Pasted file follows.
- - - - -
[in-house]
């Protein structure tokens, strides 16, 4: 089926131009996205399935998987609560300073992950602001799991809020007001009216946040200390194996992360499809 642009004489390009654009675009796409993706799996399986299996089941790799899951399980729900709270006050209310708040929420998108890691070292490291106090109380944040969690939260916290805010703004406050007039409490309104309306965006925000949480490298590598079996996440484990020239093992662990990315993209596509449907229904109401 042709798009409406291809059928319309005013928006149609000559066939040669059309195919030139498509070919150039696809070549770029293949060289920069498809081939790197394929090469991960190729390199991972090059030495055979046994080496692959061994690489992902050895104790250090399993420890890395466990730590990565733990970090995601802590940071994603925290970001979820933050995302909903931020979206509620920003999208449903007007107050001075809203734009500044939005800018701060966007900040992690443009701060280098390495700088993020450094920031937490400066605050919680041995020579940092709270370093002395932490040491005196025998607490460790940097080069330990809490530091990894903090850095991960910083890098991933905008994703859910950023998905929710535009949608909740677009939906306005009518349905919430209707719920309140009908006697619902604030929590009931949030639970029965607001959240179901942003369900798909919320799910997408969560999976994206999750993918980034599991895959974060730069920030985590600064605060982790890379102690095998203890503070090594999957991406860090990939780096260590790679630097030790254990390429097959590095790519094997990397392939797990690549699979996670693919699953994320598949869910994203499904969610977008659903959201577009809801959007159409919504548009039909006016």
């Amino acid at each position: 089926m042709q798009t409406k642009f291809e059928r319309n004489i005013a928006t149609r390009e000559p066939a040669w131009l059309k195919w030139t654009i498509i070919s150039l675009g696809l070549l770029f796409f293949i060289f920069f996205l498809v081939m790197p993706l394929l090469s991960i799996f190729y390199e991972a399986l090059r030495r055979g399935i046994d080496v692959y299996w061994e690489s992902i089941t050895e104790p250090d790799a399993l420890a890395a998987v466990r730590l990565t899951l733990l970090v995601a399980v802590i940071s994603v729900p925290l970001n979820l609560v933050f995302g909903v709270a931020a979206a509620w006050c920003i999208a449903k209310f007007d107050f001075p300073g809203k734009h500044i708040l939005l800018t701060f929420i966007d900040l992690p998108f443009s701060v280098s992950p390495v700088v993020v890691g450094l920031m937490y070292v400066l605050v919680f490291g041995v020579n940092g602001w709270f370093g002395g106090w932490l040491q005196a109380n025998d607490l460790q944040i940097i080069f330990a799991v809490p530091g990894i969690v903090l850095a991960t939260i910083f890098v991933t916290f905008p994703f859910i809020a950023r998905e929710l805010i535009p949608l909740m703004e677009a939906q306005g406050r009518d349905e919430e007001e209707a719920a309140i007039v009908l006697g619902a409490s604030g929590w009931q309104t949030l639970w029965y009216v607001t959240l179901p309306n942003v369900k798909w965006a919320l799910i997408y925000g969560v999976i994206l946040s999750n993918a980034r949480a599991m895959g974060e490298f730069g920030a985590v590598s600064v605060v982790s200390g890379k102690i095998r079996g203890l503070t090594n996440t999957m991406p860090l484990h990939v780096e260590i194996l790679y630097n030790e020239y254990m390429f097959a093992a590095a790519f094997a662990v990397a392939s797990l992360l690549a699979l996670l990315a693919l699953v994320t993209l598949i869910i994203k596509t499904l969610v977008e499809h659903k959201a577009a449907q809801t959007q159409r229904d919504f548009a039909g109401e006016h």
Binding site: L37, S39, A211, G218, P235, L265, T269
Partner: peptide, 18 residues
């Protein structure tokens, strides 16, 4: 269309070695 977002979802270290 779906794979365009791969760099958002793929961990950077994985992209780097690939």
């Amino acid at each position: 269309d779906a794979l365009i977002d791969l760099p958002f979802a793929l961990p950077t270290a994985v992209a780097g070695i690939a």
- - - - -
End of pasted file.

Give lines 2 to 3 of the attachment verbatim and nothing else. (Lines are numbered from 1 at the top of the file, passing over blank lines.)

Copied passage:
């Protein structure tokens, strides 16, 4: 089926131009996205399935998987609560300073992950602001799991809020007001009216946040200390194996992360499809 642009004489390009654009675009796409993706799996399986299996089941790799899951399980729900709270006050209310708040929420998108890691070292490291106090109380944040969690939260916290805010703004406050007039409490309104309306965006925000949480490298590598079996996440484990020239093992662990990315993209596509449907229904109401 042709798009409406291809059928319309005013928006149609000559066939040669059309195919030139498509070919150039696809070549770029293949060289920069498809081939790197394929090469991960190729390199991972090059030495055979046994080496692959061994690489992902050895104790250090399993420890890395466990730590990565733990970090995601802590940071994603925290970001979820933050995302909903931020979206509620920003999208449903007007107050001075809203734009500044939005800018701060966007900040992690443009701060280098390495700088993020450094920031937490400066605050919680041995020579940092709270370093002395932490040491005196025998607490460790940097080069330990809490530091990894903090850095991960910083890098991933905008994703859910950023998905929710535009949608909740677009939906306005009518349905919430209707719920309140009908006697619902604030929590009931949030639970029965607001959240179901942003369900798909919320799910997408969560999976994206999750993918980034599991895959974060730069920030985590600064605060982790890379102690095998203890503070090594999957991406860090990939780096260590790679630097030790254990390429097959590095790519094997990397392939797990690549699979996670693919699953994320598949869910994203499904969610977008659903959201577009809801959007159409919504548009039909006016």
């Amino acid at each position: 089926m042709q798009t409406k642009f291809e059928r319309n004489i005013a928006t149609r390009e000559p066939a040669w131009l059309k195919w030139t654009i498509i070919s150039l675009g696809l070549l770029f796409f293949i060289f920069f996205l498809v081939m790197p993706l394929l090469s991960i799996f190729y390199e991972a399986l090059r030495r055979g399935i046994d080496v692959y299996w061994e690489s992902i089941t050895e104790p250090d790799a399993l420890a890395a998987v466990r730590l990565t899951l733990l970090v995601a399980v802590i940071s994603v729900p925290l970001n979820l609560v933050f995302g909903v709270a931020a979206a509620w006050c920003i999208a449903k209310f007007d107050f001075p300073g809203k734009h500044i708040l939005l800018t701060f929420i966007d900040l992690p998108f443009s701060v280098s992950p390495v700088v993020v890691g450094l920031m937490y070292v400066l605050v919680f490291g041995v020579n940092g602001w709270f370093g002395g106090w932490l040491q005196a109380n025998d607490l460790q944040i940097i080069f330990a799991v809490p530091g990894i969690v903090l850095a991960t939260i910083f890098v991933t916290f905008p994703f859910i809020a950023r998905e929710l805010i535009p949608l909740m703004e677009a939906q306005g406050r009518d349905e919430e007001e209707a719920a309140i007039v009908l006697g619902a409490s604030g929590w009931q309104t949030l639970w029965y009216v607001t959240l179901p309306n942003v369900k798909w965006a919320l799910i997408y925000g969560v999976i994206l946040s999750n993918a980034r949480a599991m895959g974060e490298f730069g920030a985590v590598s600064v605060v982790s200390g890379k102690i095998r079996g203890l503070t090594n996440t999957m991406p860090l484990h990939v780096e260590i194996l790679y630097n030790e020239y254990m390429f097959a093992a590095a790519f094997a662990v990397a392939s797990l992360l690549a699979l996670l990315a693919l699953v994320t993209l598949i869910i994203k596509t499904l969610v977008e499809h659903k959201a577009a449907q809801t959007q159409r229904d919504f548009a039909g109401e006016h």